Competition tough for BBC prize
The contest to be named the BBC's Sports Personality of the Year for 2012 is poised to be the closest in history on Sunday night.
Britain's sporting heroes of an incredible year will go head to head for one last time.
The winner from the shortlist of 12 - five women and seven men - will be decided by public vote but after a remarkable year for British sport, any predictions must carry a health warning.
Tour de France winner Bradley Wiggins, who also won an Olympic cycling gold, has long been the bookmakers' favourite but there have been signs this week that he faces a real challenge from Olympic athletics champions Mo Farah and Jessica Ennis.
A poll of 2,000 people carried out for Coral bookmakers rated Farah's 5,000 metres and 10,000m triumphs ahead of Wiggins' exploits as the greatest individual sporting performance of the year.
The survey found just over 25 per cent of people thought Wiggins, the first British cyclist ever to win the Tour de France, would receive the BBC award with Farah on his shoulder at 23.45 per cent and heptathlon champion Ennis named by 19.65 per cent.
Ennis, the 26-year-old from Sheffield, has finished in third place twice before and believes nothing can be predicted.
She said: "I'm not even thinking about it to be honest. There's so many factors flying around that it's so hard to call it, especially this year where everyone has done so well.
"Just look at the list - everyone has achieved just about as much as they possibly could have."
Other candidates in contention include Andy Murray, who not only became the first British man to win a grand slam tennis title in 76 years at the US Open but also took Olympic singles gold and mixed doubles silver.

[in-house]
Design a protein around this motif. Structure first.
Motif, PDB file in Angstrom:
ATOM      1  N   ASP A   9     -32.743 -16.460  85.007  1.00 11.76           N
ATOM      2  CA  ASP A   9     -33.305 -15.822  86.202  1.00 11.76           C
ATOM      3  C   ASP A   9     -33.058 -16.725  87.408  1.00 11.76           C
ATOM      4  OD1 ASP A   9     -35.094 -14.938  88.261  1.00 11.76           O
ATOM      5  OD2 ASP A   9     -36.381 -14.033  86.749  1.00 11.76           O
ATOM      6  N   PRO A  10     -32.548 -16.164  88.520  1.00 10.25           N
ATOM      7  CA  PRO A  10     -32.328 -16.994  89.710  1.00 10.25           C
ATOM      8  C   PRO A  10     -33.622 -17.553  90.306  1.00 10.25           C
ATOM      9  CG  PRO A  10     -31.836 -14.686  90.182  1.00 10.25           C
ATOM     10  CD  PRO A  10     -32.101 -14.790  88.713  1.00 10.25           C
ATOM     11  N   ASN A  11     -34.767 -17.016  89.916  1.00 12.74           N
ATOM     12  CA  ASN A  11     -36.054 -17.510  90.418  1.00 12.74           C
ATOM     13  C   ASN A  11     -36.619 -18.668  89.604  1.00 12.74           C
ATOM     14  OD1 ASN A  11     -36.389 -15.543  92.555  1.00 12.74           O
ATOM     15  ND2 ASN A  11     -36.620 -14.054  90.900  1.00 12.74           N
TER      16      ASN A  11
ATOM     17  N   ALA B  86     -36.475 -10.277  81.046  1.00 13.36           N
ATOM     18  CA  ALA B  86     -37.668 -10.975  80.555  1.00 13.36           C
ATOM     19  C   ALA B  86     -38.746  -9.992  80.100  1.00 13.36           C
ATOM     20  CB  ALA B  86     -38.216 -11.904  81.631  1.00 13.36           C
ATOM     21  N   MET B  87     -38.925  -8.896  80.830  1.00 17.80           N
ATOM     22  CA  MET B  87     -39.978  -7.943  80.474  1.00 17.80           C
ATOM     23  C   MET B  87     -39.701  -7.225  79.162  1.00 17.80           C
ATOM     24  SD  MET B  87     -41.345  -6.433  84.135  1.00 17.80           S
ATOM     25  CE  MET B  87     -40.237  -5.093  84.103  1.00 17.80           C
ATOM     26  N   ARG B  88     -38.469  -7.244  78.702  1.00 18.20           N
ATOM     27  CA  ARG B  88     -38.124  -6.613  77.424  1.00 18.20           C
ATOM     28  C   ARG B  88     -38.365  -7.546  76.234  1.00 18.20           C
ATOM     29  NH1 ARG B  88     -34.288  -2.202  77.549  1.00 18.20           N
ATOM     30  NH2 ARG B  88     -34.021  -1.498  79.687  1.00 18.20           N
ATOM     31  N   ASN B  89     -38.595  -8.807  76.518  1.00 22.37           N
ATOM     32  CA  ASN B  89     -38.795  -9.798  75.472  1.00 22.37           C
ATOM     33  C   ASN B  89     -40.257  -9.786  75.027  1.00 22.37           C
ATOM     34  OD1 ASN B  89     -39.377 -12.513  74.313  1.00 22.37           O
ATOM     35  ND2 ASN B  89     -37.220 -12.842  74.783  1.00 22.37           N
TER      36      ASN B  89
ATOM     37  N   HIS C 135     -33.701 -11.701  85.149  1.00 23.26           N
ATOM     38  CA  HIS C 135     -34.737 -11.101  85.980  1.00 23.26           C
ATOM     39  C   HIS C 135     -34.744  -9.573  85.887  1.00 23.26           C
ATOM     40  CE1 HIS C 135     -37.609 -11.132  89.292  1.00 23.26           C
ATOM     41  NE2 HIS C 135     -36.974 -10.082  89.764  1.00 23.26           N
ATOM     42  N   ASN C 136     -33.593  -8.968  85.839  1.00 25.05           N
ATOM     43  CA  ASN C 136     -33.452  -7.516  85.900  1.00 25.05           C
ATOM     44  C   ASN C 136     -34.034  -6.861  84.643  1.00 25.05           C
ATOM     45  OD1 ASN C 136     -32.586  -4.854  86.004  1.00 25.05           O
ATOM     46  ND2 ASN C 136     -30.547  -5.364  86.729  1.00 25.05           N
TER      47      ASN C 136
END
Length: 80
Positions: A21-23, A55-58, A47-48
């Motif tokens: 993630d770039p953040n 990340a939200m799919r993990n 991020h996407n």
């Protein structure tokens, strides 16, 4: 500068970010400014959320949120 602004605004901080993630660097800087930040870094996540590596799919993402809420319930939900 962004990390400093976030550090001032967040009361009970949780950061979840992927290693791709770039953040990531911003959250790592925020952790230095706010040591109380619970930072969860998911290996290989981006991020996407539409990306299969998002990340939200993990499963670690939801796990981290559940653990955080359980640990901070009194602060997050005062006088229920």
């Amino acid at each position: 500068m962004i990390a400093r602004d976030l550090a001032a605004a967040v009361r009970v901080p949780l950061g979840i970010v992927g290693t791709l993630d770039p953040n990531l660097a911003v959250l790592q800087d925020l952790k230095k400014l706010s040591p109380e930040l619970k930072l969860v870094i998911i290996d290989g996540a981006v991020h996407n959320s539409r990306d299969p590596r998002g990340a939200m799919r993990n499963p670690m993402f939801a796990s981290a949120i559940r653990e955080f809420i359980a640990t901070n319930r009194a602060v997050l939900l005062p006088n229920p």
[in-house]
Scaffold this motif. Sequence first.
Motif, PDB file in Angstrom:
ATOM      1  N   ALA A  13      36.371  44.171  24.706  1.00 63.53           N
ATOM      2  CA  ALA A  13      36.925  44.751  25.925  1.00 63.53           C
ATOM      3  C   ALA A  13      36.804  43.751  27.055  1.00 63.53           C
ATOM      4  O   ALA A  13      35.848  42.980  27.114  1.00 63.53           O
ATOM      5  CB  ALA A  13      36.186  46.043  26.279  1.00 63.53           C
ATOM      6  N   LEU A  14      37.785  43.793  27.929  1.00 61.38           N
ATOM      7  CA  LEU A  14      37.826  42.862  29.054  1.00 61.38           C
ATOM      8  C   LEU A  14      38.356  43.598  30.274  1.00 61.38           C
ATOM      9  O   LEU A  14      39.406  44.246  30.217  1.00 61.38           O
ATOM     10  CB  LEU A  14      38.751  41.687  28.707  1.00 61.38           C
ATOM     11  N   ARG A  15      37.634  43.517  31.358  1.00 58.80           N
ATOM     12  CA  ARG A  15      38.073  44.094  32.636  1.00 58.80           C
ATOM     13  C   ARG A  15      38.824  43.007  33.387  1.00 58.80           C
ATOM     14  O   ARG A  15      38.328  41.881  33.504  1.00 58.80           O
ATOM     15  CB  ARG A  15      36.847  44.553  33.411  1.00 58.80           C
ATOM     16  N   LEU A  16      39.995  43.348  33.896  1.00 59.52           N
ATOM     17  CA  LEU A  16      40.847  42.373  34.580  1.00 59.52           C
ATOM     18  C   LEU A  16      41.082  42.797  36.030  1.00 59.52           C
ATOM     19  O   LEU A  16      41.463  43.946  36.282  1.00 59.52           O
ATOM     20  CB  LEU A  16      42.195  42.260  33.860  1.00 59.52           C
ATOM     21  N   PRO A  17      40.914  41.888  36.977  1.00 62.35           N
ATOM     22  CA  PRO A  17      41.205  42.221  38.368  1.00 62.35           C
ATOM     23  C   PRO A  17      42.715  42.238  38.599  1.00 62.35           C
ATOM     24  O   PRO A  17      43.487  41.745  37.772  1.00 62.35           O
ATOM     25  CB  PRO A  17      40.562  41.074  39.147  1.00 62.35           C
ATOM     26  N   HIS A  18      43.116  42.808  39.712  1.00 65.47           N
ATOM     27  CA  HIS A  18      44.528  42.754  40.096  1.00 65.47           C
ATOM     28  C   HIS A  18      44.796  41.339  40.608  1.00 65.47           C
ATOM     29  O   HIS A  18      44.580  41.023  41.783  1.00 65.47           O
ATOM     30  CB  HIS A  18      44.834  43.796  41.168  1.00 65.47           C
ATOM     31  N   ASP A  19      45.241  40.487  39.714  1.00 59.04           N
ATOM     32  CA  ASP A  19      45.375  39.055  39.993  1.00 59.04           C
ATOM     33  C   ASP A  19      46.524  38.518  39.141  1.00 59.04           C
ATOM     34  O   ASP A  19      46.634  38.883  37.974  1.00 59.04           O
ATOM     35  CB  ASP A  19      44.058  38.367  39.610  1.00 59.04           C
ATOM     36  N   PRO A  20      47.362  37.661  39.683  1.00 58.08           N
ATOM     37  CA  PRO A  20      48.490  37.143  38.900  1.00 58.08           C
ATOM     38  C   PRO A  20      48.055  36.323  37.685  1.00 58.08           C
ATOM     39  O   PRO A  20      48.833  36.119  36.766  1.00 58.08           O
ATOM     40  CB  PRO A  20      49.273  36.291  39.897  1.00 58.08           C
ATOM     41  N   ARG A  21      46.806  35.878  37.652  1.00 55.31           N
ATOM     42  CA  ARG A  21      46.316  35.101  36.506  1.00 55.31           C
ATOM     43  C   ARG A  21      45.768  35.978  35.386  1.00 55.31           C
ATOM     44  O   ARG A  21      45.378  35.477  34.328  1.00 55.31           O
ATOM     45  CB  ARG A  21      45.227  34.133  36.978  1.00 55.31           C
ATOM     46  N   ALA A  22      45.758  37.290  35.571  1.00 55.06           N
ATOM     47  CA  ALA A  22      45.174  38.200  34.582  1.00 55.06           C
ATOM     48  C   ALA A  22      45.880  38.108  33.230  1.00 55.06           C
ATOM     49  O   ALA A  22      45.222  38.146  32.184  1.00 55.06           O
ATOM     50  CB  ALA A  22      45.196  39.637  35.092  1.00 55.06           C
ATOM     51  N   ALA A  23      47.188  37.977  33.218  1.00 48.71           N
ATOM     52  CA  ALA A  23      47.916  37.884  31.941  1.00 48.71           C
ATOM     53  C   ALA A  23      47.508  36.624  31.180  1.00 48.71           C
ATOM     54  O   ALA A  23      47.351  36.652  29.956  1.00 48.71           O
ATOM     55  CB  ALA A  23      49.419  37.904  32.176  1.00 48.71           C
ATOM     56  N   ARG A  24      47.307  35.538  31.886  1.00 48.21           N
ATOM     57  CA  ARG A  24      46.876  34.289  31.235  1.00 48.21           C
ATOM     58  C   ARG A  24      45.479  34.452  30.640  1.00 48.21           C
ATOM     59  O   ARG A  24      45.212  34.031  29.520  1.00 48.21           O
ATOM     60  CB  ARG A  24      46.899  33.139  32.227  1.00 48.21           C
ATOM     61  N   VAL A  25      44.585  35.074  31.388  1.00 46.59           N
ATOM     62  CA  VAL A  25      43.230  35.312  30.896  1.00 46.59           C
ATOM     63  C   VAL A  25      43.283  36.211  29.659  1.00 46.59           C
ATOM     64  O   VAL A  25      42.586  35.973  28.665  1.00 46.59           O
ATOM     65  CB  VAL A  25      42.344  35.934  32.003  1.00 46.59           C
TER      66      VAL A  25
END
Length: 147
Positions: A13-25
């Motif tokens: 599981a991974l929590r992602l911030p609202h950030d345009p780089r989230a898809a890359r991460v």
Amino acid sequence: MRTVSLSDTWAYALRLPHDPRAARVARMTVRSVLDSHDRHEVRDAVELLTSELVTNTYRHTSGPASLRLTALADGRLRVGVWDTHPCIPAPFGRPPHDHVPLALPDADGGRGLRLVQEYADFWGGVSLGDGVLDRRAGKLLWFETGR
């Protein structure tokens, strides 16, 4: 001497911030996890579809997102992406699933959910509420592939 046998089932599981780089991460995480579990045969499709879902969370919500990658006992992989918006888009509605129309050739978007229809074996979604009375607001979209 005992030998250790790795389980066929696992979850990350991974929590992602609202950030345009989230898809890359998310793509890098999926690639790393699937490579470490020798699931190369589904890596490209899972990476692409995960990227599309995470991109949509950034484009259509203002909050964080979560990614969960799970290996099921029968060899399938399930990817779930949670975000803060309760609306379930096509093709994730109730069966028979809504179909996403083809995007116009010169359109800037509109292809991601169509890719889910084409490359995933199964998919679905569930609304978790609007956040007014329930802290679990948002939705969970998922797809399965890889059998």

Ben Ainslie, who made it four golds at successive Olympics to go with a silver in his very first Games in 1996, became the world's most successful sailor. In any other year Ainslie would stroll it to the award but he has no expectations.
He said: "I'm going to be really relaxed as I don't hold out any hope of winning anything. I'm sure it will be a great atmosphere and a final occasion to celebrate for one last time the amazing achievements - and then move on with the rest of our lives."
Ennis is something of a torchbearer for sportswomen in this year's BBC awards, especially after last year's controversial shortlist which saw not a single woman nominated. Olympic rowing champion Kath Grainger, Nicola Adams - the first ever women's Olympic boxing champion - plus Paralympic swimmer Ellie Simmonds and cyclist Sarah Storey join Ennis on the 2012 shortlist.
Ennis added: "I think after the disappointment of last year of not seeing a single female in the top 10, what British women have done in sport this year has been amazing.
"To have five women on the shortlist is incredible but it's fully deserved."
The only nominee who did not compete at the Olympics or Paralympics was golfer Rory McIlroy, who secured a stunning eight-shot victory at the USPGA Championship and who also featured in Europe's Ryder Cup comeback victory over the United States.
David Weir, the wheelchair racer nicknamed 'Weirwolf', has attracted significant backing for his achievements in winning a clean sweep of four gold medals at the Paralympics.
The shortlist contains one former winner too - Sir Chris Hoy, who won the award in 2008 after the Beijing Olympics and whose two cycling titles in London gave the Scot a British record six Olympic golds - one more than rower Sir Steve Redgrave.
Other awards on Sunday night will be chosen by panels for the team of the year, overseas personality, coach, young sports personality, the 'Unsung Hero', a lifetime achievement and the Helen Rollason award.